It came as no surprise that Suzanne considers herself a humane trainer. I knew that by reading her book, by the fact that she calls her method “relationship centered,” and by the observation that the positive training community has rallied around her. So, I was completely unprepared for what she said next:
“All positive training is one of the stupidest things I’ve ever heard.”
Come again? Aren’t you for training our dogs in positive ways? What do you mean, it’s “stupid”? Needless to say, this statement really set me reeling. But you know what? She had some valid criticisms, and I think it’s important that as clicker trainers, we consider what she says, and find ways to improve our training as a result. Again, my understanding of her criticisms are my own, based on stray comments she made. This entry cannot be considered a complete commentary, and I only hope that it’s accurate. That said, in reviewing my notes, I found four ways we often go wrong:
Clicker Trainers are Too Cerebral
As I mentioned previously, Suzanne believes that consequences are useful in training dogs. Although I disagree with some of the consequences she believes are acceptable, I do concede that they can have a place in a thoughtful training program, and I’ve since found some ways to improve my training with Maisy as the result of using them.
The problem is, clicker trainers sometimes shy away from consequences entirely because we’re thinking too much. I know I fell into this category! When I was considering a consequence, I would think about which of the operant conditioning quadrants it fell in. If it fell in the “wrong” quadrant, I wouldn’t do it. Instead, Suzanne encouraged us to look at our dogs, and to decide if the consequence is humane or not. As long as we aren’t hurting or scaring our dogs, we’re probably okay.Instead of thinking about our actions based on some chart, we’re better off thinking about our dog.
Clicker Dogs Have No Impulse Control
Okay, this is a bit of an over-exaggeration of what she said, so don’t go around quoting this verbatim. What Suzanne actually said is that when she sees a dog throwing behaviors, she knows two things: it was clicker trained, and it has low impulse control. This does not mean that all clicker dogs struggle with impulse control, but it can be a by-product of the training method if we don’t get adequate stimulus control over the behaviors we teach our dog, and if we don’t take the time to teach our dogs how to relax.
I love having a dog who wants to work, but sometimes I think I’ve created a monster because I haven’t worked that much on teaching her how to just be. Sometimes, I don’t use the clicker at all because it is creates too much arousal. She loves it so much that she loses control over herself.
Clicker Trainers Micromanage Their Dogs With Cookies
There are two sub-points here. First, clicker trainers tend to rely too much on management, and don’t spend enough time teaching their dogs to be responsible for themselves. (I wrote about this previously in this entry.)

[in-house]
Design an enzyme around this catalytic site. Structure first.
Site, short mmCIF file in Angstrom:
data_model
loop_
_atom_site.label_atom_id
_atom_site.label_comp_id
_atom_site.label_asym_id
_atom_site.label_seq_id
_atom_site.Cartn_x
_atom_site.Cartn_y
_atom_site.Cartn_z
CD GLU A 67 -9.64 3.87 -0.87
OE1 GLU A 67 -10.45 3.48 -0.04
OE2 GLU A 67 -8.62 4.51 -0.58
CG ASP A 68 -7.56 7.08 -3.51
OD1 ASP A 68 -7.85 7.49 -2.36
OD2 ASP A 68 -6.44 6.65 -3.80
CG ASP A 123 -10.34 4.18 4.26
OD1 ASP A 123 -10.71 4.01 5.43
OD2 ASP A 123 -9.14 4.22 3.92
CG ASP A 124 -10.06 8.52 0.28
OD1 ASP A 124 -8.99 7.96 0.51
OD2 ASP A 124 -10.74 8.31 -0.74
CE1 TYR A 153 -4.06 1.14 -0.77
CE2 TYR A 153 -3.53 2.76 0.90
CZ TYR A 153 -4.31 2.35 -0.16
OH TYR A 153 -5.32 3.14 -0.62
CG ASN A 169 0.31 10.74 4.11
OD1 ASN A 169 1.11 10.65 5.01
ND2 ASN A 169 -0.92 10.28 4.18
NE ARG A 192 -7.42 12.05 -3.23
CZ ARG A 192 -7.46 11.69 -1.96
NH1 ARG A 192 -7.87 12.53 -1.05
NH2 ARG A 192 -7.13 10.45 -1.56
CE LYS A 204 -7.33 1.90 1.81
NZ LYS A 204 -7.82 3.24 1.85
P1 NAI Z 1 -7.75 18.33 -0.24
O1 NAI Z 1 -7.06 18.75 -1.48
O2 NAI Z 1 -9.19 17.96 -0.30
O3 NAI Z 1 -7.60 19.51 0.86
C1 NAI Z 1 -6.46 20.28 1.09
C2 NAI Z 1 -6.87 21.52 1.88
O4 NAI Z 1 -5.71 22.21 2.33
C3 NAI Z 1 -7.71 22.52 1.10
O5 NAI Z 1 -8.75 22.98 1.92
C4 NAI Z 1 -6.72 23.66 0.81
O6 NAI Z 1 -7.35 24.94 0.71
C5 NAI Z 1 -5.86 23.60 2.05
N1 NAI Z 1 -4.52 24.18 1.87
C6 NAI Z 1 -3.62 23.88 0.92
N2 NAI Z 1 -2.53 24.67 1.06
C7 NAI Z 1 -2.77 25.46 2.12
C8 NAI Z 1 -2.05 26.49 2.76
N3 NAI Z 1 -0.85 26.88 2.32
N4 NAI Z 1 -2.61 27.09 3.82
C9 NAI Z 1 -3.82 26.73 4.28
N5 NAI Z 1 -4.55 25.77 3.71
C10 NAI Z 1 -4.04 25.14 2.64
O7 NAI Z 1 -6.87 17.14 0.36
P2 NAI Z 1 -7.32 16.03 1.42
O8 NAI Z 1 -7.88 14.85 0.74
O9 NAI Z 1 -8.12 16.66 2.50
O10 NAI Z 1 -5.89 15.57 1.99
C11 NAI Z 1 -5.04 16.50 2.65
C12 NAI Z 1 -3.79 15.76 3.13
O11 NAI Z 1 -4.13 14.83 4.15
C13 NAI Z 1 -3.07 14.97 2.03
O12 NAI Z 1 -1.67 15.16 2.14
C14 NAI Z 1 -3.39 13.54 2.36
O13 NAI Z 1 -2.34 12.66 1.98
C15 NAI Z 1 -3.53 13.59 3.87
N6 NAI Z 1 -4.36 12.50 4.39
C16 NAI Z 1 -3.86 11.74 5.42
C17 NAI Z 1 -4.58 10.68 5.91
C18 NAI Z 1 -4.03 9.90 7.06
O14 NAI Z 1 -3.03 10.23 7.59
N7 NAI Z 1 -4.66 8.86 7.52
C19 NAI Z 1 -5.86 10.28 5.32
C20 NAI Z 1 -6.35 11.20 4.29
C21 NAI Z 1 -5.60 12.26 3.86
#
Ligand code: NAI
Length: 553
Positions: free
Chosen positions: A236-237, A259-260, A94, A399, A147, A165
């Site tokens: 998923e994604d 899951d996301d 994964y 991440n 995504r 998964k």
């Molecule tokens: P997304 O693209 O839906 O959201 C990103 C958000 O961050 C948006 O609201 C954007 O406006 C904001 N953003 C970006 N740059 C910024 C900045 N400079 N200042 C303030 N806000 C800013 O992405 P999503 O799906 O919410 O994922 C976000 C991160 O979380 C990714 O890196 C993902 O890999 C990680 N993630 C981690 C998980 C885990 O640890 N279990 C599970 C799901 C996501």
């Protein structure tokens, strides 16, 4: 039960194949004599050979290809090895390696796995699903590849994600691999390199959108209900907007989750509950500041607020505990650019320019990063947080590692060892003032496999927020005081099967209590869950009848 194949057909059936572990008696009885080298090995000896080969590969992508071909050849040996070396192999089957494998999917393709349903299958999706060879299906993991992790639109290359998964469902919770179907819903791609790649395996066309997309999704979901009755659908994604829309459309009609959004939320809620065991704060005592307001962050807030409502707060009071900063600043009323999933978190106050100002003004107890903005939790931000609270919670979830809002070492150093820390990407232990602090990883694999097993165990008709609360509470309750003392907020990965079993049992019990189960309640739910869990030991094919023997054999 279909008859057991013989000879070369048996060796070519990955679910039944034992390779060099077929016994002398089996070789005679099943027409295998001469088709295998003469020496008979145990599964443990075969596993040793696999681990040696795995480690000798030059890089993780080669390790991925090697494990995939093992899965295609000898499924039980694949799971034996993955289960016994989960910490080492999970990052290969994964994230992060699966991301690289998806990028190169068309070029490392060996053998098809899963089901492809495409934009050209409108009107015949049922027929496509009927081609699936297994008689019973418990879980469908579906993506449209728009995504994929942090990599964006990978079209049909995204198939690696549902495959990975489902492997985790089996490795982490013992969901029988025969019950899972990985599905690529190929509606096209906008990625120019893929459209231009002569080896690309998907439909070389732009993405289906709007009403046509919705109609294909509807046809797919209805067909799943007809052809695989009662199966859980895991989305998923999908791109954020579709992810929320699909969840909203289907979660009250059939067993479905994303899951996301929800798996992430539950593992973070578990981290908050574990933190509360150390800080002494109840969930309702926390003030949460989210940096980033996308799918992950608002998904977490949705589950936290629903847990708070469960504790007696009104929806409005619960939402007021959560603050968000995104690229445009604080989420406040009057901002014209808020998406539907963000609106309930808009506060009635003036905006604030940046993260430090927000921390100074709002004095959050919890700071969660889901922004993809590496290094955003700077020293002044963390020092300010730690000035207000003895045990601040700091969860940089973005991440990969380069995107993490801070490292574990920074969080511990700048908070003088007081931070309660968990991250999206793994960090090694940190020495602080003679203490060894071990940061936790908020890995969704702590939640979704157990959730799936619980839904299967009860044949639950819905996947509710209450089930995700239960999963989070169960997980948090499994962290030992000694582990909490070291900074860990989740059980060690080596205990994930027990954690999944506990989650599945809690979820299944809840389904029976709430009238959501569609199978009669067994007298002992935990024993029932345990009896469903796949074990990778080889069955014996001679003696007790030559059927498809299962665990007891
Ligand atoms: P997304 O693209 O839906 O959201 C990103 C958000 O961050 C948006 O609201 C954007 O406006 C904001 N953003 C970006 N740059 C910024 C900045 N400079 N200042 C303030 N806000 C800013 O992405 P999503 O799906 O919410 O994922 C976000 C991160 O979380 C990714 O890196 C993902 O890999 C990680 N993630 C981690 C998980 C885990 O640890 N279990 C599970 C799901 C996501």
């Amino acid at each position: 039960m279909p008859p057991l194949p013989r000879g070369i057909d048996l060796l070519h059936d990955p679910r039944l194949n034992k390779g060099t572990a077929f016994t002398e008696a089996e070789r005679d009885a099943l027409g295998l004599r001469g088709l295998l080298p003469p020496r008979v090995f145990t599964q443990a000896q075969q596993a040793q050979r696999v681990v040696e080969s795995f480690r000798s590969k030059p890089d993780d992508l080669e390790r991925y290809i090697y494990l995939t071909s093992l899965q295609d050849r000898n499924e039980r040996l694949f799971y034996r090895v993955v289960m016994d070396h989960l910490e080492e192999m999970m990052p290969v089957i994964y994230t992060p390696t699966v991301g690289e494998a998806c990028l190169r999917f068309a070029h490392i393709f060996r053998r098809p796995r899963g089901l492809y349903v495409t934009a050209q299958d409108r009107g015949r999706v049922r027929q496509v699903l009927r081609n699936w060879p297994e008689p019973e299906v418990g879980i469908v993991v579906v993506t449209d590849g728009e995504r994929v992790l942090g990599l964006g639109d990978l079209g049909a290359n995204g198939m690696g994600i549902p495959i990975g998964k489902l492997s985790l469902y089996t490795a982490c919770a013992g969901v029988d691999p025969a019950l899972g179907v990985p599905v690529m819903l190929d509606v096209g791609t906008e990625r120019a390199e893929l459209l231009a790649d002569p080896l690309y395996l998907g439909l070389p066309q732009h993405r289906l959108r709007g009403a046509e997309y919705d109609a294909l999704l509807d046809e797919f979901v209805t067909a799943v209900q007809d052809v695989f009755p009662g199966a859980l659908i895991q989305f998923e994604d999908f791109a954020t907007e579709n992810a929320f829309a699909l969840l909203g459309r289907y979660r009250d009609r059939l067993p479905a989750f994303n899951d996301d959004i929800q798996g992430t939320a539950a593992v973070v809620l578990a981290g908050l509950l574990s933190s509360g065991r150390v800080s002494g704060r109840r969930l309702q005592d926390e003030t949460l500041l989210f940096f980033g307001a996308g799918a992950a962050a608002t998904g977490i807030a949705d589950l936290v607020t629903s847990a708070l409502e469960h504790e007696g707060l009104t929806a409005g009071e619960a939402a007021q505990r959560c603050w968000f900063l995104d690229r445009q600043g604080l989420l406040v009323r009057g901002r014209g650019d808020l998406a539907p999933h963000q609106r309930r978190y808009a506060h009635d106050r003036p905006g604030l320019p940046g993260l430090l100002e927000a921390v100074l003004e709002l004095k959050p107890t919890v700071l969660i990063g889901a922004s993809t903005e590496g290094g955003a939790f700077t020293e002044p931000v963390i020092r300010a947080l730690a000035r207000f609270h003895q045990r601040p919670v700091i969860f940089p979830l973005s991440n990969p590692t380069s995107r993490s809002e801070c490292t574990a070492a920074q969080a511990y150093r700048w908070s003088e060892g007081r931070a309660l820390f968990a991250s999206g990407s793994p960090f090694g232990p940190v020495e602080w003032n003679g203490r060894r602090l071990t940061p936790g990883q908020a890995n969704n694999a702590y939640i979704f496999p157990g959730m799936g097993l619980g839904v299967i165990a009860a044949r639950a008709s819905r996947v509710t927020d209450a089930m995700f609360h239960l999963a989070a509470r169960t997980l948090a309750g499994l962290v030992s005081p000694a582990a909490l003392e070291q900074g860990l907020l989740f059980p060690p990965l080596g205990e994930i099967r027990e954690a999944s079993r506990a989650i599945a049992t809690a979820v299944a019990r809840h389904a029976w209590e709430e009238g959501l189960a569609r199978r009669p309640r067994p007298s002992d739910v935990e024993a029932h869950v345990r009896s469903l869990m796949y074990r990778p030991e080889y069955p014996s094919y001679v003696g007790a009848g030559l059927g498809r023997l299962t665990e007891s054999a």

Second, clicker trainers tend to rely on cookies far too much. Suzanne is not against cookies, she just thinks we need branch out. She said that what we really need to do is harness intrinsic motivation. We need to teach our dog to work for other things. Life rewards such as getting to go for a walk or using play as a reinforcer fits here, but Suzanne is big on using praise and the social relationship as a reinforcer, too. Cookies are great, but they’re the icing on the cake of social relationships.
Clicker Trainers Rely on “Recipes” Too Much
Finally, Suzanne was critical of clicker training because it can result in the handler treating the dog like a computer: we train them based on stimulus and response, or input and output. We would find it insulting to be treated this way, so why wouldn’t our dogs? Instead, we need to see the whole animal, and tailor our plans to their needs and preferences. Even counter conditioning will fail, she said, if we don’t keep the dog safe. Training recipes might be a nice starting point, but we need to go beyond them.
As I mentioned, I know I fall in the “think too much” category. I also recognize that my use of the clicker could have contributed to Maisy’s impulse control problems, because I'm just not that good at getting things under stimulus control. So far as micromanaging with cookies… well, guilty again. I do rely a lot on management, and I’m just learning how to use things other than food as a reinforcer. I think I am safe on the last point; but I think my strength lies in being able to evaluate various “recipes” and tweak them so that they work to both Maisy’s strengths and my own.
So, fellow clicker trainers, do you recognize yourself in any of these descriptions? If so, what are you going to do to improve your training?